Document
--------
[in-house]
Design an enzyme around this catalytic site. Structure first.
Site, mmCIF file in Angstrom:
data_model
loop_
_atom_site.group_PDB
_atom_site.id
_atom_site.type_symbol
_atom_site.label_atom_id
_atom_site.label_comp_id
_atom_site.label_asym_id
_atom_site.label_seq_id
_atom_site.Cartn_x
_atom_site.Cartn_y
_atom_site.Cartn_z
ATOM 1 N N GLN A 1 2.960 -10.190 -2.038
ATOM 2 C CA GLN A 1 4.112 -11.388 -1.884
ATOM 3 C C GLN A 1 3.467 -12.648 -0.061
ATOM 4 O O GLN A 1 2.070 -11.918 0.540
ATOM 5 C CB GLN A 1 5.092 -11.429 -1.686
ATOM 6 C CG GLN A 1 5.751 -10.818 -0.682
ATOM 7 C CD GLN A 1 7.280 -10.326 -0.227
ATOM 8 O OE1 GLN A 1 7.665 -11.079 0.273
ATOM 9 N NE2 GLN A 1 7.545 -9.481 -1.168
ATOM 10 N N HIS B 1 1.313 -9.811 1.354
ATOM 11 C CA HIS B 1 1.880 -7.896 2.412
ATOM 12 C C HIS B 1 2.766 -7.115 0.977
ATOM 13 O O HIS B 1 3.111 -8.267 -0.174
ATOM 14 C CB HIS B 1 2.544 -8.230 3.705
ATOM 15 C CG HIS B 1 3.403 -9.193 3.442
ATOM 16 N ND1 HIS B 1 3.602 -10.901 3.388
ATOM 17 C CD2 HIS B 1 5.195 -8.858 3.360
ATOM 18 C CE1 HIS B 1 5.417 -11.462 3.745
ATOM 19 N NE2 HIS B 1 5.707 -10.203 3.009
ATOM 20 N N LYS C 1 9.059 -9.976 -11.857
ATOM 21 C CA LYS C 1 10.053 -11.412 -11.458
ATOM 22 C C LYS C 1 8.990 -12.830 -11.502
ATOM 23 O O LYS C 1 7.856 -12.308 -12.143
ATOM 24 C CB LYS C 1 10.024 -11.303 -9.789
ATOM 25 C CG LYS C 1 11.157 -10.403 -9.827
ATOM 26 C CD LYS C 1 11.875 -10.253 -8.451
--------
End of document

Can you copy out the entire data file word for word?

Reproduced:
[in-house]
Design an enzyme around this catalytic site. Structure first.
Site, mmCIF file in Angstrom:
data_model
loop_
_atom_site.group_PDB
_atom_site.id
_atom_site.type_symbol
_atom_site.label_atom_id
_atom_site.label_comp_id
_atom_site.label_asym_id
_atom_site.label_seq_id
_atom_site.Cartn_x
_atom_site.Cartn_y
_atom_site.Cartn_z
ATOM 1 N N GLN A 1 2.960 -10.190 -2.038
ATOM 2 C CA GLN A 1 4.112 -11.388 -1.884
ATOM 3 C C GLN A 1 3.467 -12.648 -0.061
ATOM 4 O O GLN A 1 2.070 -11.918 0.540
ATOM 5 C CB GLN A 1 5.092 -11.429 -1.686
ATOM 6 C CG GLN A 1 5.751 -10.818 -0.682
ATOM 7 C CD GLN A 1 7.280 -10.326 -0.227
ATOM 8 O OE1 GLN A 1 7.665 -11.079 0.273
ATOM 9 N NE2 GLN A 1 7.545 -9.481 -1.168
ATOM 10 N N HIS B 1 1.313 -9.811 1.354
ATOM 11 C CA HIS B 1 1.880 -7.896 2.412
ATOM 12 C C HIS B 1 2.766 -7.115 0.977
ATOM 13 O O HIS B 1 3.111 -8.267 -0.174
ATOM 14 C CB HIS B 1 2.544 -8.230 3.705
ATOM 15 C CG HIS B 1 3.403 -9.193 3.442
ATOM 16 N ND1 HIS B 1 3.602 -10.901 3.388
ATOM 17 C CD2 HIS B 1 5.195 -8.858 3.360
ATOM 18 C CE1 HIS B 1 5.417 -11.462 3.745
ATOM 19 N NE2 HIS B 1 5.707 -10.203 3.009
ATOM 20 N N LYS C 1 9.059 -9.976 -11.857
ATOM 21 C CA LYS C 1 10.053 -11.412 -11.458
ATOM 22 C C LYS C 1 8.990 -12.830 -11.502
ATOM 23 O O LYS C 1 7.856 -12.308 -12.143
ATOM 24 C CB LYS C 1 10.024 -11.303 -9.789
ATOM 25 C CG LYS C 1 11.157 -10.403 -9.827
ATOM 26 C CD LYS C 1 11.875 -10.253 -8.451